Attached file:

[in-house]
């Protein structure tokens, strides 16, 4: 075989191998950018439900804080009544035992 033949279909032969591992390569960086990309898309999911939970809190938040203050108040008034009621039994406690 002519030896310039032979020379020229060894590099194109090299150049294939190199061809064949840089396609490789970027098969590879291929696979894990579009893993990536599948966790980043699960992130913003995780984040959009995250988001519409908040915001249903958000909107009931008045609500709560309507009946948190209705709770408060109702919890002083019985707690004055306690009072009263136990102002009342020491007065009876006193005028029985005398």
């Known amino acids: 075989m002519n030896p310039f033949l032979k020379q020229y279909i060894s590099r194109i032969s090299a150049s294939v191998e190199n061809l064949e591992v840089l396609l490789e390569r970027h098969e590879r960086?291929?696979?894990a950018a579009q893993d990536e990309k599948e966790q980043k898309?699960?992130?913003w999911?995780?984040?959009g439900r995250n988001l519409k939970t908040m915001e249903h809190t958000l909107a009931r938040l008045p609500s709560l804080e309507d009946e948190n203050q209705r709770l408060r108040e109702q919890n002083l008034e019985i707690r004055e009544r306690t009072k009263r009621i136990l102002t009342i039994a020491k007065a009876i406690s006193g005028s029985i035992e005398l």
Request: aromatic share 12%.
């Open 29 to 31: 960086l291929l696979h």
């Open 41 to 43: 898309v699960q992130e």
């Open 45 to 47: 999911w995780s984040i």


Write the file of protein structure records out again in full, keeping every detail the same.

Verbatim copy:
[in-house]
């Protein structure tokens, strides 16, 4: 075989191998950018439900804080009544035992 033949279909032969591992390569960086990309898309999911939970809190938040203050108040008034009621039994406690 002519030896310039032979020379020229060894590099194109090299150049294939190199061809064949840089396609490789970027098969590879291929696979894990579009893993990536599948966790980043699960992130913003995780984040959009995250988001519409908040915001249903958000909107009931008045609500709560309507009946948190209705709770408060109702919890002083019985707690004055306690009072009263136990102002009342020491007065009876006193005028029985005398």
């Known amino acids: 075989m002519n030896p310039f033949l032979k020379q020229y279909i060894s590099r194109i032969s090299a150049s294939v191998e190199n061809l064949e591992v840089l396609l490789e390569r970027h098969e590879r960086?291929?696979?894990a950018a579009q893993d990536e990309k599948e966790q980043k898309?699960?992130?913003w999911?995780?984040?959009g439900r995250n988001l519409k939970t908040m915001e249903h809190t958000l909107a009931r938040l008045p609500s709560l804080e309507d009946e948190n203050q209705r709770l408060r108040e109702q919890n002083l008034e019985i707690r004055e009544r306690t009072k009263r009621i136990l102002t009342i039994a020491k007065a009876i406690s006193g005028s029985i035992e005398l």
Request: aromatic share 12%.
């Open 29 to 31: 960086l291929l696979h």
């Open 41 to 43: 898309v699960q992130e």
């Open 45 to 47: 999911w995780s984040i």